AI Takes Center Stage in Insurance Pricing

The use of artificial intelligence (AI) is expected to have a significant impact on the auto insurance sector.

Complex algorithms will help better price risk and set up profitable pay-as-you-drive business models. Insurers are also finding ways to improve accident claim processing from start to finish using AI because it promises to be used to more quickly and accurately spotting inconsistencies in claims or premium assessments.

Stockholm software company Greater Than develops AI software that claims to price risk per car in real-time. Its founder Sten Forseke, said this could “revolutionize how carriers price risk and provide new business models through behavior based and use-based pricing.” He claims the company has built a database of 750 million unique driving situations and has trained the AI with real claims or situations.

The AI then makes a DNA of the trip and that data is sent to the database, which looks for patterns that have led to accidents and, from there, risk exposure can be calculated. “Our AI makes 4.1 billion decisions a day, which means the learning curve for AI is so steep as to be almost unbelievable,” Forseke said. “It is very suitable to help humans with quantitative analytical processes. The potential is enormous.”

Tractable’s AI is trained on many millions of real images of car accidents and repair operations and claims to assess auto damage as a human appraiser would, explained Cornelius Vogel, its head of the DACH region in Europe. Insurers can use this to evaluate the damage to a vehicle, based on photos provided by repairers, appraisers or policyholders. The technology shares repair method recommendations and guides the claim process to ensure each claim is processed and settled as quickly as possible.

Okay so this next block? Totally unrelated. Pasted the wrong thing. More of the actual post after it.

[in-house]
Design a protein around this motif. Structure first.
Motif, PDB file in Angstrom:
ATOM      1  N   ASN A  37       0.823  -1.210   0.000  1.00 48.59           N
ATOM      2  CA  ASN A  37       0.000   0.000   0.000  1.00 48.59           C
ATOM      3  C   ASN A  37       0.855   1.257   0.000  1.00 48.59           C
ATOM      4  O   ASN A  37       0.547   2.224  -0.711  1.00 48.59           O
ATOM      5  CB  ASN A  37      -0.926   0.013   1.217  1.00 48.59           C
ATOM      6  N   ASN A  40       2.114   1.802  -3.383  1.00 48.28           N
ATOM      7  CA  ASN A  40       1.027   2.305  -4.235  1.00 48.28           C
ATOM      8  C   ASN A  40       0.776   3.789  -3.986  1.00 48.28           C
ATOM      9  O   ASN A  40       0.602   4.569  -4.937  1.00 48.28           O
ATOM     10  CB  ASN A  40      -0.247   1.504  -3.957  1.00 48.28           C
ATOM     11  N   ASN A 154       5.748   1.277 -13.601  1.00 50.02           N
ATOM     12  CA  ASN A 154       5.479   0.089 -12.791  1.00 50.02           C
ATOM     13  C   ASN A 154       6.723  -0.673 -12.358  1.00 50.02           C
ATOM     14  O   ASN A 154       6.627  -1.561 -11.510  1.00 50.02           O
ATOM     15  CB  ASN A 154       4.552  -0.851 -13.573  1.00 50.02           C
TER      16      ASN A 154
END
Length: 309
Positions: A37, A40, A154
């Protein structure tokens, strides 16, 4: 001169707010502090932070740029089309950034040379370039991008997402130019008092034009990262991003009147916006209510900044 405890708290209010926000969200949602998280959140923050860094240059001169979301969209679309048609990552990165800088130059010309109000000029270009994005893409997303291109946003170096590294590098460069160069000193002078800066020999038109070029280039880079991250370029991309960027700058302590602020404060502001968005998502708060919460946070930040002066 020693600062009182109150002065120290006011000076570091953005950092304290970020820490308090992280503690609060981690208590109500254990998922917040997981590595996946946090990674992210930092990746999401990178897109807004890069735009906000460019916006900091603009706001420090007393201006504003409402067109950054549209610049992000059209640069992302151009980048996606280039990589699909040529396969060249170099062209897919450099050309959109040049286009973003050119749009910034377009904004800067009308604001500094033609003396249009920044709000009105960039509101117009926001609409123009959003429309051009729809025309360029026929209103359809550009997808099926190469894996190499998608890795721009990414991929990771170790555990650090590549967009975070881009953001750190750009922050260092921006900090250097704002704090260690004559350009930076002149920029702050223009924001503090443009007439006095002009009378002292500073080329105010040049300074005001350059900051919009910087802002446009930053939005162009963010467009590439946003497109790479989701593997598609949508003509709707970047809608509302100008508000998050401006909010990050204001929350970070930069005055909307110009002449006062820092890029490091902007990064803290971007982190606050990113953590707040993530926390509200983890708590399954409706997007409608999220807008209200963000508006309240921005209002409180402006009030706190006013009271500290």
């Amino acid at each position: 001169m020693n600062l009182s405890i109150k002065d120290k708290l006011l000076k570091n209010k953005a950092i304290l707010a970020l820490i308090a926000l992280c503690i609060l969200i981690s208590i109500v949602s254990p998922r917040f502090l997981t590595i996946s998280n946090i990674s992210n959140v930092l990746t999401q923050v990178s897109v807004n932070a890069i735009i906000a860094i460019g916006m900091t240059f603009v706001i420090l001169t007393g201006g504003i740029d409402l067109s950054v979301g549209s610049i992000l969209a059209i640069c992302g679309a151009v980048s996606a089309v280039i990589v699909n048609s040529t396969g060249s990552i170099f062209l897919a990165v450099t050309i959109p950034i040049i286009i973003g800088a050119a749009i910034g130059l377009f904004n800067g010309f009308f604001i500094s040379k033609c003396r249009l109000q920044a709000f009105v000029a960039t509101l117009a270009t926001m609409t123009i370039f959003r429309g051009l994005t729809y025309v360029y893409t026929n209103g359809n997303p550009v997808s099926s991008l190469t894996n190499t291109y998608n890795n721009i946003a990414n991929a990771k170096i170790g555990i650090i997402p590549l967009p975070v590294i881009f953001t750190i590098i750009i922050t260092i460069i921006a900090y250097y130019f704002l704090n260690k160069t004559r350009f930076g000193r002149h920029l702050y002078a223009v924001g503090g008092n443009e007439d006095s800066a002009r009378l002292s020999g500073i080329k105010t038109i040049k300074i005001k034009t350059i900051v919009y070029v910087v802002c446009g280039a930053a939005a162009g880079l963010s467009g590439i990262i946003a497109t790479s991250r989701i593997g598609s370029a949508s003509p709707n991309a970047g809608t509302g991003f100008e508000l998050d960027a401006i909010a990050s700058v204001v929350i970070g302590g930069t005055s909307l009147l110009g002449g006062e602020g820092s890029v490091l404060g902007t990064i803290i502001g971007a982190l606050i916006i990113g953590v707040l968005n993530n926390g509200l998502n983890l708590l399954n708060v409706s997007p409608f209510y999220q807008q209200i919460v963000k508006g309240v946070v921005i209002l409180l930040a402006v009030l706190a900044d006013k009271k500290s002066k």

Vogel said by applying their AI to claims, it takes just minutes to assess damage and create estimates, instead of days or even weeks and images uploaded by the policyholder can be processed immediately following an accident. “Whenever a recovery of a motor claim starts, it starts with a visual appraisal and this needs to be an expert,” Vogel said. “Our software, trained on hundreds of millions of data points, can estimate repair costs and damage, essentially combining the expertise of thousands of experts.”

Vogel noted, on a general level in the auto insurance industry, the core element in motor claims is the visual assessment, so it is in this respect that the entire industry is looking to see if AI-enabled computer vision is at a stage where it can be deployed. “We focus on the quality level of the claims assessment and the speed we bring to it,” he said. “We keep telling insurers ‘Test it live’ and they can immediately see that it’s very advanced already.”

Vogel pointed out AI helps the auto insurance industry with underwriting, allowing them to combine the fields of claims data, telematics data, resulting in more precise underwriting in the future. That extends to underwriting of used vehicles, which he points to as an area where underwriting policy has been particularly tricky. He claims AI computer vision can more accurately assess the condition of a pre-owned car and combine that data with make, model, year and other metadata to provide a more accurate assessment for the insurer.

The technology could also aid insurance companies in reducing fraud in claims by being able to detect manipulated imagery, Vogel noted, and can also help streamline operations by moving human resources to areas where it can be best used. “AI will process all images automatically and experts can shift their time allocation to more complex areas, which will impact the way firms will use their motor experts,” he said. “Insurers are looking for a full digitalization of the claims process, from the first notification to the repair shop and so AI will have a big consequence, not only for large insurers, but for small and medium-size companies as well.”

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